Annual contests, called "gaufests," pit schuplattler performing groups from across the country in a schuhplattler marathon. Groups draw lots to determine which one of three different plattles they will perform: Haushammer, Hitauer" or Reit im Winkle. Each group must have all three plattle performances competition-ready. The competition is strict and intense. Total unity within the group is paramount: arms must all be at the same angle and height, feathers in hats must be at the same angle. Women must turn at the same rate, skirts must be belled, five men plattling must sound like one only defeningly louder. It even helps if the dancers are all close to the same size and height. There's not a smile anywhere. Each group is free to create their own choreography within the structure of the plattle and design its own costumes, but every dancer must look and move just like the others, with no one individual identifiable from the rest. (There is an interesting similarity to the Scottish Country Dance.)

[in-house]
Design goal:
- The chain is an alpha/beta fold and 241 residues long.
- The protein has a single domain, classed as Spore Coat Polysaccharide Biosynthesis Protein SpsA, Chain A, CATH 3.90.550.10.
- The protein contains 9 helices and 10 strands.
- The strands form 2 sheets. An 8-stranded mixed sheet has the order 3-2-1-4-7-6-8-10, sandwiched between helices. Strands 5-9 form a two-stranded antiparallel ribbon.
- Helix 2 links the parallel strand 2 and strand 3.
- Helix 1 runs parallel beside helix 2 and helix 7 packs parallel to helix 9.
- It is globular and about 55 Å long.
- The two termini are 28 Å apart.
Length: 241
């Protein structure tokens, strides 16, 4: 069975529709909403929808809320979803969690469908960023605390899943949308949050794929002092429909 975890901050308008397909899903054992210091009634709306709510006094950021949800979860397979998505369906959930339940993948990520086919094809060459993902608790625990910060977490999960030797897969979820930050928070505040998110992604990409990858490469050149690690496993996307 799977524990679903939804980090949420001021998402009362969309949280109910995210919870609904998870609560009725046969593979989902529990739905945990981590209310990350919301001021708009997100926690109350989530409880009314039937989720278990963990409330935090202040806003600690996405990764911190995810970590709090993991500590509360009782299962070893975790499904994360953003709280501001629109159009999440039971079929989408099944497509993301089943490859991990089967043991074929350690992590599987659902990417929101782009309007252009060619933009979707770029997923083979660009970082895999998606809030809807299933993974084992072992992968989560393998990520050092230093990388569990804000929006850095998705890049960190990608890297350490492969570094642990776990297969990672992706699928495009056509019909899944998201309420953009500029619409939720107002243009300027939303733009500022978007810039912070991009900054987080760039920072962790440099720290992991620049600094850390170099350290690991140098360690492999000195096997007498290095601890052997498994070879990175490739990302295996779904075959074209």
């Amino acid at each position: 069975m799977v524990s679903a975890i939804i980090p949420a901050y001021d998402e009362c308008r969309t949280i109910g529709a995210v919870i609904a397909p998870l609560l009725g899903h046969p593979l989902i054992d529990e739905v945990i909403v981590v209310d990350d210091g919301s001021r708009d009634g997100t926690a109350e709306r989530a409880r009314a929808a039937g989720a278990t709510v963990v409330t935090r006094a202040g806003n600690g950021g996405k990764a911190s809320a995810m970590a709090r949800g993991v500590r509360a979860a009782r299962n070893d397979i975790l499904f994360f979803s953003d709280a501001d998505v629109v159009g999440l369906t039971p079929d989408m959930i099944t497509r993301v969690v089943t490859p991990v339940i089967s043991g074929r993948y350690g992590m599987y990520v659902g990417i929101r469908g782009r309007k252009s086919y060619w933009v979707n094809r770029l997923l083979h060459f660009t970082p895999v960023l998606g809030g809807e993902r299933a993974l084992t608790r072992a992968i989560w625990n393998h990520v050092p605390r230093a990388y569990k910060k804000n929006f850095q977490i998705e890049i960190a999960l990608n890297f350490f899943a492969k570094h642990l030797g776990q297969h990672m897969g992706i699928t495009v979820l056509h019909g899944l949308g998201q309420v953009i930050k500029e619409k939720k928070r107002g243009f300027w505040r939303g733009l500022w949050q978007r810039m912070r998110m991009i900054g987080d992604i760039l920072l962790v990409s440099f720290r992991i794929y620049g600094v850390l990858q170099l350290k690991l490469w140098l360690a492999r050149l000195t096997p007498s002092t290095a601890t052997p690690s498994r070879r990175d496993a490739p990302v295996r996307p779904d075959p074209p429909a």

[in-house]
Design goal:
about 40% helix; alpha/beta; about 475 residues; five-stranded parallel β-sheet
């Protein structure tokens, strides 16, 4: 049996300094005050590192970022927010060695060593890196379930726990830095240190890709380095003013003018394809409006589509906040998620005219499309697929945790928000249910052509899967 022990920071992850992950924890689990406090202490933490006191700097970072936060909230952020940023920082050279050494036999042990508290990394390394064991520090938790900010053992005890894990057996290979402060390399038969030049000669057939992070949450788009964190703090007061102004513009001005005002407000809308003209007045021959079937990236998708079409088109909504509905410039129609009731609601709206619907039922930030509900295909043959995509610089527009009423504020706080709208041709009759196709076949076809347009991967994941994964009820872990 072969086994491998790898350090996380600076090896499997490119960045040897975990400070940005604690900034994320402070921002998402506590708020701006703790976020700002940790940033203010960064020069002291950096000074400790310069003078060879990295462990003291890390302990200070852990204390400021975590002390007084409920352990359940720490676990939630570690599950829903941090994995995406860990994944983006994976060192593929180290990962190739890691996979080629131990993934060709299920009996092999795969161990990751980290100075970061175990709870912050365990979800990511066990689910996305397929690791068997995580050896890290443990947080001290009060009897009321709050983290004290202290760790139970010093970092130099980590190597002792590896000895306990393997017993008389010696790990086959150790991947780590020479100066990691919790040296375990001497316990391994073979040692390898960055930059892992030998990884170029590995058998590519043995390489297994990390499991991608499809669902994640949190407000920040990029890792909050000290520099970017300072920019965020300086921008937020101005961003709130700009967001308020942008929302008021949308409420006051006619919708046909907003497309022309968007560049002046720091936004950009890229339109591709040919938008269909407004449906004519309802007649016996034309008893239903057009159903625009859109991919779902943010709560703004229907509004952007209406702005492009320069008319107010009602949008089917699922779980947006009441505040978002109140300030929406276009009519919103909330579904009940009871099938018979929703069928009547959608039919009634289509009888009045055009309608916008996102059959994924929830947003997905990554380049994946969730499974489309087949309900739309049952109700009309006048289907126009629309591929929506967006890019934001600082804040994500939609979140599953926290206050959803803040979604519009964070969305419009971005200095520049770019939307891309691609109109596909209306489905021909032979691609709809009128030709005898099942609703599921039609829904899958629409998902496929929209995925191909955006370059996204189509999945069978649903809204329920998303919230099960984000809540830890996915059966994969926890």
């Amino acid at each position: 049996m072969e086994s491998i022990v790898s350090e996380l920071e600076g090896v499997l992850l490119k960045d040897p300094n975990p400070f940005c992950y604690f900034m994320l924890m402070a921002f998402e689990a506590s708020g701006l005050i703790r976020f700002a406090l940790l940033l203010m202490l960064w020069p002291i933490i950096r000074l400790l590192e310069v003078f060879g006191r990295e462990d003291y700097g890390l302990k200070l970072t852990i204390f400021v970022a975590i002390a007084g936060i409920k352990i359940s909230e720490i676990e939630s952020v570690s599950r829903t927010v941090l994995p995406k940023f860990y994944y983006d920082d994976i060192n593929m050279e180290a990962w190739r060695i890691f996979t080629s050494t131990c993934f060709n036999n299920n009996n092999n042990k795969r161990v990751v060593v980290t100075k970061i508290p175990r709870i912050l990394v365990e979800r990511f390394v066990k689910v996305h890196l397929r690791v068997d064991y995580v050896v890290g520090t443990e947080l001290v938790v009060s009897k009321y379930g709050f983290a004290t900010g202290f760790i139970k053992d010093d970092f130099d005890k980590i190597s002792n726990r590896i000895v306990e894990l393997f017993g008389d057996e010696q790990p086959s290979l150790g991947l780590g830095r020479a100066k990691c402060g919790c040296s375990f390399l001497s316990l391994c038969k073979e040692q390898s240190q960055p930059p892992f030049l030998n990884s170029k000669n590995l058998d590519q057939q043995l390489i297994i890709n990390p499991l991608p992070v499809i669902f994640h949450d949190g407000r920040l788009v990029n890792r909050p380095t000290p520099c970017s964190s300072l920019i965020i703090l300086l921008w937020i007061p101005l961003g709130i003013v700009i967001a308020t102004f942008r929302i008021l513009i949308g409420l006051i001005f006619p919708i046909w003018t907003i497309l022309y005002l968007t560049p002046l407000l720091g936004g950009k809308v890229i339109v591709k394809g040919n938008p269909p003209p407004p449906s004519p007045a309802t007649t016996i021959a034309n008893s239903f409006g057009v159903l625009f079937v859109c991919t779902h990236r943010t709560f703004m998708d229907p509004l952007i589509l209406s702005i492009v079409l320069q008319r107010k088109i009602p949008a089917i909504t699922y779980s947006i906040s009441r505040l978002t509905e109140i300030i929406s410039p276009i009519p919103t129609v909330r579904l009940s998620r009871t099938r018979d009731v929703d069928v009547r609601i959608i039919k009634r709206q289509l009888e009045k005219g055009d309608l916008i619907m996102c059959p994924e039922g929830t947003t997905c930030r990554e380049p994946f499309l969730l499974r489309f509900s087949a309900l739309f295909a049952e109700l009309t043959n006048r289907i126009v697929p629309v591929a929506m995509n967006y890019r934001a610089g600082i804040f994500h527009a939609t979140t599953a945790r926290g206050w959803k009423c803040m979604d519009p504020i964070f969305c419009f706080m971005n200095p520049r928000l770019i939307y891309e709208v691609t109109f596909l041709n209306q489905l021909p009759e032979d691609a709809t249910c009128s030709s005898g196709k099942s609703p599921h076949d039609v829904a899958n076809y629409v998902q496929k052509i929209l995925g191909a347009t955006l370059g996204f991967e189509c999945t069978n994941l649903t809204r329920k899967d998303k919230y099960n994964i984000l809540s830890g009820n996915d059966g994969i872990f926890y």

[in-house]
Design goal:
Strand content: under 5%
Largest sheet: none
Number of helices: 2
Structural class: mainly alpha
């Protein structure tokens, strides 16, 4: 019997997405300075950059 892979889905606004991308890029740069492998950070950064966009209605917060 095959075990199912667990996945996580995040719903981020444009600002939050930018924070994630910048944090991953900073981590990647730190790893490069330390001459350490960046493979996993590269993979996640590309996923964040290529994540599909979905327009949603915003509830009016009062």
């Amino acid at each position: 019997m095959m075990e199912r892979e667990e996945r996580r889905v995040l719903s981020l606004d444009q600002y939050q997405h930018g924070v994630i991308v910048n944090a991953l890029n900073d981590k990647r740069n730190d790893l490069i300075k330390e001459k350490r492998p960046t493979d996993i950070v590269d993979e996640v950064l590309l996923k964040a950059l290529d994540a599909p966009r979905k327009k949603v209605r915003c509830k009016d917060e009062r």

So, in the Schuhplattler we see the expression of the Bavarian's close ties with nature, their concern with precision and power and the dour German personality with which they perform this wonderful dance.
The Austrian Schuhplattler is generally danced with the women wearing a longer skirt that precludes the belled-out appearance of the Bavarians. Plattles are generally slower and rhythms can be more complex, as allowed by the slower tempo.